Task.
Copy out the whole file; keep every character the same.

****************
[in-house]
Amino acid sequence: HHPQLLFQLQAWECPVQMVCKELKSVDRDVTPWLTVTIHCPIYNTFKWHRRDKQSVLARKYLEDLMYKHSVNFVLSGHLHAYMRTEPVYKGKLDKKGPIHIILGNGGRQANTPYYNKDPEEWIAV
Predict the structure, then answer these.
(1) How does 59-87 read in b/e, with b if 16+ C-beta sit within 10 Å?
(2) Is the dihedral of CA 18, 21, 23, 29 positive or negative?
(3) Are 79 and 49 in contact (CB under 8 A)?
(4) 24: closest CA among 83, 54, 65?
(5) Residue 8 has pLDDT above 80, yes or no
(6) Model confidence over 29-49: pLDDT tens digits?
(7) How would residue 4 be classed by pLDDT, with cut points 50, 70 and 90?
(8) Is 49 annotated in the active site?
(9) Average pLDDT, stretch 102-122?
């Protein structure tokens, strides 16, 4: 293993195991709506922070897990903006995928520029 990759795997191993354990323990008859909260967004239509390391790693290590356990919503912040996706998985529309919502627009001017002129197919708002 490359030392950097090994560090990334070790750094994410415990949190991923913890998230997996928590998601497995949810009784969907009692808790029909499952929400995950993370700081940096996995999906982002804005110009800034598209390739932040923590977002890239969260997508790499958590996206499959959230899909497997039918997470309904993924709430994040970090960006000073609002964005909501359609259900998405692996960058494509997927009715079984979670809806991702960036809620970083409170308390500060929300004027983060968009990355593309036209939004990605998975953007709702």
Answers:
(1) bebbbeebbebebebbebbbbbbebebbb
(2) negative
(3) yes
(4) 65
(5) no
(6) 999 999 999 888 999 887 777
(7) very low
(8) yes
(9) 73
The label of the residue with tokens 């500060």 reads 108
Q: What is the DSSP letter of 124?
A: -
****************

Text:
[in-house]
Amino acid sequence: HHPQLLFQLQAWECPVQMVCKELKSVDRDVTPWLTVTIHCPIYNTFKWHRRDKQSVLARKYLEDLMYKHSVNFVLSGHLHAYMRTEPVYKGKLDKKGPIHIILGNGGRQANTPYYNKDPEEWIAV
Predict the structure, then answer these.
(1) How does 59-87 read in b/e, with b if 16+ C-beta sit within 10 Å?
(2) Is the dihedral of CA 18, 21, 23, 29 positive or negative?
(3) Are 79 and 49 in contact (CB under 8 A)?
(4) 24: closest CA among 83, 54, 65?
(5) Residue 8 has pLDDT above 80, yes or no
(6) Model confidence over 29-49: pLDDT tens digits?
(7) How would residue 4 be classed by pLDDT, with cut points 50, 70 and 90?
(8) Is 49 annotated in the active site?
(9) Average pLDDT, stretch 102-122?
């Protein structure tokens, strides 16, 4: 293993195991709506922070897990903006995928520029 990759795997191993354990323990008859909260967004239509390391790693290590356990919503912040996706998985529309919502627009001017002129197919708002 490359030392950097090994560090990334070790750094994410415990949190991923913890998230997996928590998601497995949810009784969907009692808790029909499952929400995950993370700081940096996995999906982002804005110009800034598209390739932040923590977002890239969260997508790499958590996206499959959230899909497997039918997470309904993924709430994040970090960006000073609002964005909501359609259900998405692996960058494509997927009715079984979670809806991702960036809620970083409170308390500060929300004027983060968009990355593309036209939004990605998975953007709702």
Answers:
(1) bebbbeebbebebebbebbbbbbebebbb
(2) negative
(3) yes
(4) 65
(5) no
(6) 999 999 999 888 999 887 777
(7) very low
(8) yes
(9) 73
The label of the residue with tokens 């500060």 reads 108
Q: What is the DSSP letter of 124?
A: -